This book focuses on the complexities of the bisexual umbrella—the phrase that is often used to describe a wide range of sexual identities, attractions, and behaviors that indicate attraction to more than one gender. As a consequence, the bisexual umbrella groups together a very heterogeneous group of people. The writers in this book each grapple with how the bisexual umbrella is applied to a variety of communities, people, and experiences, and discuss the benefits and costs of these applications. Topics include exploration of the similarities and differences between two-spirit people and bisexuals, including how their health concerns overlap and diverge, detailing personal and empirical experiences of sexual fluidity, descriptions of how bisexual, pansexual, and queer people conceptualize sexual identity, and explorations of pansexuality. Through these writings, the diversity underneath the bisexual umbrella is revealed. This book was originally published as a Special Issue of the Journal of Bisexuality.
Table of Contents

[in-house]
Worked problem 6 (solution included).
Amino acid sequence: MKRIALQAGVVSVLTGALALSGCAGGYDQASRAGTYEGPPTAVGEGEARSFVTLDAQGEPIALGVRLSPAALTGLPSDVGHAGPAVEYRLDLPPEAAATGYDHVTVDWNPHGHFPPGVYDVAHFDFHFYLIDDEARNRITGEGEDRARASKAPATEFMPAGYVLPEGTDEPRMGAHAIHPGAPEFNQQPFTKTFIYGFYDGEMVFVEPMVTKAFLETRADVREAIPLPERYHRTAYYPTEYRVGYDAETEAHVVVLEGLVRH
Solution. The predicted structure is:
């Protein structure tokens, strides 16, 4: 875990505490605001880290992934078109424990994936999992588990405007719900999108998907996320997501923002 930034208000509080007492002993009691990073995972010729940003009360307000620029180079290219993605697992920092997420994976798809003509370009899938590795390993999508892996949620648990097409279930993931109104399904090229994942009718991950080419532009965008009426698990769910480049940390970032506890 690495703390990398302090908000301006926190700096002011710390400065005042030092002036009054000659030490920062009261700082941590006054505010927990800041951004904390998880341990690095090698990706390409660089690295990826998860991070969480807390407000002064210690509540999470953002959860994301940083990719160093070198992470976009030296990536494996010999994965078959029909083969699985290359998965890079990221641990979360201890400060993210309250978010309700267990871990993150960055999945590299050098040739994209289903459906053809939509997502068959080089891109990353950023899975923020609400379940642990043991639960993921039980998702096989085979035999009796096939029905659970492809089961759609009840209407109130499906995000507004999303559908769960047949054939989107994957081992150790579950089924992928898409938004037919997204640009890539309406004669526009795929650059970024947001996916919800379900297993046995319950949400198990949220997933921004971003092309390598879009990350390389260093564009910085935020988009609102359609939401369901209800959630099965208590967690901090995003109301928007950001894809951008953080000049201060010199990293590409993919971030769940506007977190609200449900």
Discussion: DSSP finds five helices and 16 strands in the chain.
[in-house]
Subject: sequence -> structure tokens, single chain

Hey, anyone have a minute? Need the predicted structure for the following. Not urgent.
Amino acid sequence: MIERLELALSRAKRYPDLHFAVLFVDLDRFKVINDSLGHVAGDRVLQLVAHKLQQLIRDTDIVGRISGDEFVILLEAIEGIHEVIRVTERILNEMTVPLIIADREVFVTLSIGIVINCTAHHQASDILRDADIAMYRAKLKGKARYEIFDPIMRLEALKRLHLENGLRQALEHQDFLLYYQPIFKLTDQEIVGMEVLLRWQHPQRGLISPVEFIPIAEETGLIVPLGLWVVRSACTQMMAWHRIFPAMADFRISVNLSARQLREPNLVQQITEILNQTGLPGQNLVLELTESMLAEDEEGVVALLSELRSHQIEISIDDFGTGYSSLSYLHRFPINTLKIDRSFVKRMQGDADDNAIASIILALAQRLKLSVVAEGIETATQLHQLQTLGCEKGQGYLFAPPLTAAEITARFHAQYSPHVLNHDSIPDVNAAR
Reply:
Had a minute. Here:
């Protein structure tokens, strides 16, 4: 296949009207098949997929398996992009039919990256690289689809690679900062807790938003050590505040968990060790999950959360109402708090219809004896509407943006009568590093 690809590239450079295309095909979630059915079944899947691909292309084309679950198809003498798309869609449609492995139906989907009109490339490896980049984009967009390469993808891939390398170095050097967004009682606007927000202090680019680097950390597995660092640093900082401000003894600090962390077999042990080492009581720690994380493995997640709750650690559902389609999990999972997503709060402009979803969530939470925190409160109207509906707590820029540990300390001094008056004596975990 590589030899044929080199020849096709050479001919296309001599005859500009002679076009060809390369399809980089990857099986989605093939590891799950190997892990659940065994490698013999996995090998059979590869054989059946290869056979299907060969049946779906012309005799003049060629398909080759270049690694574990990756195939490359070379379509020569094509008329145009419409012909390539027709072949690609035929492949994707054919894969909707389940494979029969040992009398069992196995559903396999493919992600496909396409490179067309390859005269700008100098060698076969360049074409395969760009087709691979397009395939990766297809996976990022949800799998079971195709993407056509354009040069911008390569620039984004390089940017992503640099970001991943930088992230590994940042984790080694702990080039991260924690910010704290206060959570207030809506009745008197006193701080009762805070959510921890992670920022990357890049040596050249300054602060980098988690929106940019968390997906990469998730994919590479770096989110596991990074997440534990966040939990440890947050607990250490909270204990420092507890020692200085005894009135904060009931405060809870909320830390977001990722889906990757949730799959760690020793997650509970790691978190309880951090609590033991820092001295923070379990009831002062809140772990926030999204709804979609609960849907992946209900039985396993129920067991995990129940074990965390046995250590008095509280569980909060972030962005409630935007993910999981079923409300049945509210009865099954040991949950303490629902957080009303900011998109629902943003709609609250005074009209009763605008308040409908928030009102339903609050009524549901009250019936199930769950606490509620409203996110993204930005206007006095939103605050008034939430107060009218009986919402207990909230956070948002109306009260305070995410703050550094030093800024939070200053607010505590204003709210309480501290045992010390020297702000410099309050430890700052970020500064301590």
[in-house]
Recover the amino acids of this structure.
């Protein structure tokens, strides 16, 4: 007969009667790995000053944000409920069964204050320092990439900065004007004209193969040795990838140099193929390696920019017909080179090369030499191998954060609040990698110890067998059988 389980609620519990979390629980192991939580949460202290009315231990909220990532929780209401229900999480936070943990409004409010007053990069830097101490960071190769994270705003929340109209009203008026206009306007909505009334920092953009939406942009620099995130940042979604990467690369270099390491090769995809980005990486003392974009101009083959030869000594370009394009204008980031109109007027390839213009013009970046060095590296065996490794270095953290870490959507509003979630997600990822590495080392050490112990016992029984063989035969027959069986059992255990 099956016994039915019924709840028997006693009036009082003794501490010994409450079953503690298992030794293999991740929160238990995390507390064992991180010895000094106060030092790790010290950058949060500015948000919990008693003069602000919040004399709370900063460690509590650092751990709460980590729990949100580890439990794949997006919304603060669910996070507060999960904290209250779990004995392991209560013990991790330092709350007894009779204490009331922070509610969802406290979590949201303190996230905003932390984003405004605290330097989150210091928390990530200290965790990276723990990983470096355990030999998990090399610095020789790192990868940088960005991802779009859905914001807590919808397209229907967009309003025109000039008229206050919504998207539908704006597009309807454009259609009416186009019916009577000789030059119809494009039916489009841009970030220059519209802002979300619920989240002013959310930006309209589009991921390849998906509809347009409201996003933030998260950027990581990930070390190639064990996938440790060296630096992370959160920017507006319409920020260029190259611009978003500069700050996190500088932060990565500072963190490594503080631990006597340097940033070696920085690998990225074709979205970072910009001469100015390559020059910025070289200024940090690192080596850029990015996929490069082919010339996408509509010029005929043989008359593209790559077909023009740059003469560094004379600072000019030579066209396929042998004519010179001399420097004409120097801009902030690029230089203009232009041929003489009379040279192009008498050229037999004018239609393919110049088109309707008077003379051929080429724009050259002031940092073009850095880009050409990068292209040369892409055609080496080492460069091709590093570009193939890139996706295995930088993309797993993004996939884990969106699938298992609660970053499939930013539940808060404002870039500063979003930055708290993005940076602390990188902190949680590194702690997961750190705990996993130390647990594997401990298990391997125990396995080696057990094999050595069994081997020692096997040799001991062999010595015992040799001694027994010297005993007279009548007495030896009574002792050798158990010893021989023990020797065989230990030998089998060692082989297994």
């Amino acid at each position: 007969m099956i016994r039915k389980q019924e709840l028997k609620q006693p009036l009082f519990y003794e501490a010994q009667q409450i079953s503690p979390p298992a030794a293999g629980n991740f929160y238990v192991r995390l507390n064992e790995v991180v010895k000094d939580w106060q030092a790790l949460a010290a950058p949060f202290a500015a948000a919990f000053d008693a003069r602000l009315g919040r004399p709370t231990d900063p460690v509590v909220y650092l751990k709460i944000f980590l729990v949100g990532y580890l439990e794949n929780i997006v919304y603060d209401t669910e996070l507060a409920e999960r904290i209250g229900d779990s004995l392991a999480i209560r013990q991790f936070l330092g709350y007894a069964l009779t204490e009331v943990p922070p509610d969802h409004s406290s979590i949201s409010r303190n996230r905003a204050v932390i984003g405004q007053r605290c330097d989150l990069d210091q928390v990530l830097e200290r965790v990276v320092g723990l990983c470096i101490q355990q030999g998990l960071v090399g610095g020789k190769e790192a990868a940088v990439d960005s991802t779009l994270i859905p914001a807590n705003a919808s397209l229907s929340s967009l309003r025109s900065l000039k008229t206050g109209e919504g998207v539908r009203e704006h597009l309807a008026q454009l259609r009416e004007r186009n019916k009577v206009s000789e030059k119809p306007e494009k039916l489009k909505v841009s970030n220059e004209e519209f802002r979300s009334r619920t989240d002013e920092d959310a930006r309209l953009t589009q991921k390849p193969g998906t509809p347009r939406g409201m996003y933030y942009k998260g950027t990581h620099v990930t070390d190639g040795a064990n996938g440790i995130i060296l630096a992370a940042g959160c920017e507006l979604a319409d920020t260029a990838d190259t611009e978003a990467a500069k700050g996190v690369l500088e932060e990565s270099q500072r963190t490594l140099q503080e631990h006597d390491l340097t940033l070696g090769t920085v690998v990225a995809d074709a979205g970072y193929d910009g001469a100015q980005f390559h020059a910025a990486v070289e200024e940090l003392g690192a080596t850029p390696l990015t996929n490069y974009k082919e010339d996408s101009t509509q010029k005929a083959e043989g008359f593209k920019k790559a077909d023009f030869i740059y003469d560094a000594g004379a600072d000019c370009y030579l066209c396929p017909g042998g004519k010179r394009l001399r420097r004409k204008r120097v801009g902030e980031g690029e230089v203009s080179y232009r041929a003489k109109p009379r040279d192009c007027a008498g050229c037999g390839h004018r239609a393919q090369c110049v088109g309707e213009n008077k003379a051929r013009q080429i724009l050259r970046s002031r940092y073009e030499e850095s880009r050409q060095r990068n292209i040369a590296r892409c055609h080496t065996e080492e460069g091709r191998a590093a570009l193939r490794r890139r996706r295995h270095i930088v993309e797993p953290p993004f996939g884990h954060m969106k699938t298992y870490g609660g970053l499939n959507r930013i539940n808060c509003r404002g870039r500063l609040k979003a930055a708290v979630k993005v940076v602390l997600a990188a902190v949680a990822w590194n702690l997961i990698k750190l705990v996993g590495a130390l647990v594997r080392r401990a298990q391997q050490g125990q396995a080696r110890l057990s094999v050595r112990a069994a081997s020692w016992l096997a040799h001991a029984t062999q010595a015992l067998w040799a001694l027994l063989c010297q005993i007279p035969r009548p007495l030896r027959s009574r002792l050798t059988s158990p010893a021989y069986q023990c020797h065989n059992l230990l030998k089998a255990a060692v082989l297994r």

Introduction - Under the Bisexual Umbrella: Diversity of Identity and Experience 1. Two-Spirit and Bisexual People: Different Umbrella, Same Rain 2. Home-o: Being at Home with Reflections on Hetero-Homosexual Identity 3. Defining Bisexuality: Young Bisexual and Pansexual People’s Voices 4. What’s in a Name? Exploring Pansexuality Online 5. Perceptions of Individuals Who Are Non-monosexuals held by Graduate Students: A Q Methodological Study 6. "It’s not Pans, It’s People": Student and Teacher Perspectives on Bisexuality and Pansexuality 7. "Regardless of Their Gender": Descriptions of Sexual Identity among Bisexual, Pansexual, and Queer Identified Individuals 8. We’re Here and We’re Queer: Sexual Orientation and Sexual Fluidity Differences Between Bisexual and Queer Women
Corey E. Flanders is an Assistant Professor in the Department of Psychology and Education at Mount Holyoke University, USA. Her research and teaching interests focus on issues of identity and health equity as they relate to the experiences of queer and trans people broadly, and bisexual people in particular.